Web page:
0806hubbardh.jpgOne of the last Dutch farmhouses in the city, the Hubbard House, currently stands in at 2138 McDonald Ave in Brooklyn, but could soon be a thing of the past if it follows in the footsteps of the farmhouses before it. The Brooklyn Eagle reports that the New York City Landmarks Preservation Commission (LPC) will meet next Tuesday to hear out owner John Antonides's case, one that he has been voicing for the past 10 years.

A decade ago they told him "further study" was required, after they discovered it was a 19th century structure, not 18th. What is known now: the Hubbard House was built sometime between 1830 and 1835 (with a two-story wing added in 1925), it is listed on the national and stage registers for historic places, and it is "one of the few Dutch-American houses in New York City retaining its original orientation on its original site with sufficient surrounding property to give some sense of its original setting." Antonides has also restored the house, thanks to a $50,000 grant and a low-interest loan from the NY Landmarks Conservancy; Forgotten-NY has photos of the before and after. Here is more on the history of the Hubbard House.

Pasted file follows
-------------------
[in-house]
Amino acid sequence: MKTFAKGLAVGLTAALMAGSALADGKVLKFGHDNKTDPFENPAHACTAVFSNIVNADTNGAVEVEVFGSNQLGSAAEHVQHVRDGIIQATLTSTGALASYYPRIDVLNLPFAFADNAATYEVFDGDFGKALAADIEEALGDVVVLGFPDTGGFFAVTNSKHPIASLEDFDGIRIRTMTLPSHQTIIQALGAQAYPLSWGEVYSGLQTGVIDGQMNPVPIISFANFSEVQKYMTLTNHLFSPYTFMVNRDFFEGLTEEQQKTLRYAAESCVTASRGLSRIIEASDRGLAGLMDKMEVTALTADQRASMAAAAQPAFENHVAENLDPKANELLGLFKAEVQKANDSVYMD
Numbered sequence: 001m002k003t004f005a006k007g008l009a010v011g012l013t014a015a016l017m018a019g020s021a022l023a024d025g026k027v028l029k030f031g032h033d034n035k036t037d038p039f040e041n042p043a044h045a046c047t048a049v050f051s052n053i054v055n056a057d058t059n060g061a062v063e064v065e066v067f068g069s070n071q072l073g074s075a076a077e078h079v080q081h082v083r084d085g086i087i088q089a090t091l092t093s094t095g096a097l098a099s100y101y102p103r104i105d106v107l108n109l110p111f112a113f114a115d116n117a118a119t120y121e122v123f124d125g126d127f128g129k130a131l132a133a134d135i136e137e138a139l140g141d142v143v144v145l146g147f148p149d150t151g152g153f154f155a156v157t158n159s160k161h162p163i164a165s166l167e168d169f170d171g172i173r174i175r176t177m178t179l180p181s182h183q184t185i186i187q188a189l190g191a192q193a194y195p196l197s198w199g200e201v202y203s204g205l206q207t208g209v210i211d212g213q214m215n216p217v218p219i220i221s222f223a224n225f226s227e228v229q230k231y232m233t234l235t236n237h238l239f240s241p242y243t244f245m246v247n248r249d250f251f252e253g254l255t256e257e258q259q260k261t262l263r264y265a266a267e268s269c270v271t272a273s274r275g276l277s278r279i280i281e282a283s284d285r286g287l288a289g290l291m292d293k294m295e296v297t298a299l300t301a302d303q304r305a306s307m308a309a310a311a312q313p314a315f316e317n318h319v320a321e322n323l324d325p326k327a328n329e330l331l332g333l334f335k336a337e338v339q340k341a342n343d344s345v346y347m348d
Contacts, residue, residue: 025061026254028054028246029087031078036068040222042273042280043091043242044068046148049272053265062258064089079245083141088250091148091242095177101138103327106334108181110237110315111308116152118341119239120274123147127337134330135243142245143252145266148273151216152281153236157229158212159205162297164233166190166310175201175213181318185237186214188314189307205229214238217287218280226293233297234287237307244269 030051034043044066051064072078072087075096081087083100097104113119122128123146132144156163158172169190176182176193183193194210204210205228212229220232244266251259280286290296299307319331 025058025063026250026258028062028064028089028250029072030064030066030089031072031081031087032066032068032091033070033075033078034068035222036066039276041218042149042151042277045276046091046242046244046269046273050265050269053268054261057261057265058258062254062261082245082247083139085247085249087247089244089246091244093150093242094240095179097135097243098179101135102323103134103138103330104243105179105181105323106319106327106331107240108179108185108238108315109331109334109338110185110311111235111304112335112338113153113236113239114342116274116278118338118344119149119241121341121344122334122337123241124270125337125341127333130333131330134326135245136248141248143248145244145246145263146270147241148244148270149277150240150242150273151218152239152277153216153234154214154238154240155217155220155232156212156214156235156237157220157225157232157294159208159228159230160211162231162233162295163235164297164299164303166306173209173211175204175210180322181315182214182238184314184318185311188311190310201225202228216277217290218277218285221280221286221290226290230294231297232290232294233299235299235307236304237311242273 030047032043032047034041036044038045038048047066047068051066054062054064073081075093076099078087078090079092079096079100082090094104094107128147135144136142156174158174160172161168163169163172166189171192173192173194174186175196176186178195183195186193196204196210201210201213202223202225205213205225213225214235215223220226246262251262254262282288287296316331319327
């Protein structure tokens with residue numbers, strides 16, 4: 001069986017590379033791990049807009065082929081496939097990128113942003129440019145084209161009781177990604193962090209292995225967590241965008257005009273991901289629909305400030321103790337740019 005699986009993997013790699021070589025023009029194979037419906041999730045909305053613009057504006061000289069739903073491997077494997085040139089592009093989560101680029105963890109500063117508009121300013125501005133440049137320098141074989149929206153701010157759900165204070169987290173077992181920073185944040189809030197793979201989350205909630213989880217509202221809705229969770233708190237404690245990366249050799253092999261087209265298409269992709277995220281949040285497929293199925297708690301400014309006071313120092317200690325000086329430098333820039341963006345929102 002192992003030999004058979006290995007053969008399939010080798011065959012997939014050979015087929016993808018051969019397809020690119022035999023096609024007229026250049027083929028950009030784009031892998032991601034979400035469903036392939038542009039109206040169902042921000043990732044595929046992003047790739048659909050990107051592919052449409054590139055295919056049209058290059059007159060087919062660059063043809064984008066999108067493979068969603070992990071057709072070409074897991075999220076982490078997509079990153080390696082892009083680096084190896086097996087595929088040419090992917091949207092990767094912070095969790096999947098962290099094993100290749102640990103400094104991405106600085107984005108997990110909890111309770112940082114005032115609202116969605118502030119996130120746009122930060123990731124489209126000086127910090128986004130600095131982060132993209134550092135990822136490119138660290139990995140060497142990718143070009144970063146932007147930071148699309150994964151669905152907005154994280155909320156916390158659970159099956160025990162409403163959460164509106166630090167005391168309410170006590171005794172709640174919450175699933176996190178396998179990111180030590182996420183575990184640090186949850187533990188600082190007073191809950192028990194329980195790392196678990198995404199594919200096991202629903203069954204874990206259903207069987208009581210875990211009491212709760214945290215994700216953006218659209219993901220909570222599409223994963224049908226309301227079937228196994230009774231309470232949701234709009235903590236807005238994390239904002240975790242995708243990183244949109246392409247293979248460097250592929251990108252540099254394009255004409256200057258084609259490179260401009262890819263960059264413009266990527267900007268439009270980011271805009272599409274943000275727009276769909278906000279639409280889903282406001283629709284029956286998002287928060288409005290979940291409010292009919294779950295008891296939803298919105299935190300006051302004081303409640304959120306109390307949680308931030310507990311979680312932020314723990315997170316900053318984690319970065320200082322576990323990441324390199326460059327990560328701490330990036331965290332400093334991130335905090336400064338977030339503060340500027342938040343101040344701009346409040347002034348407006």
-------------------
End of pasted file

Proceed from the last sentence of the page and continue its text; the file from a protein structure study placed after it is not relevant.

In 1950 there were 70 farmhouses still standing, today there are only 13, and of those, 4 are not landmarked. In 2003, the Van Pelt-Woolsey House was flattened to make way for condos, after standing strong since 1791. Antonides would simply like to make sure the same thing doesn't happen with his home, though no specific or immediate threat was mentioned.

Photo via Forgotten-NY.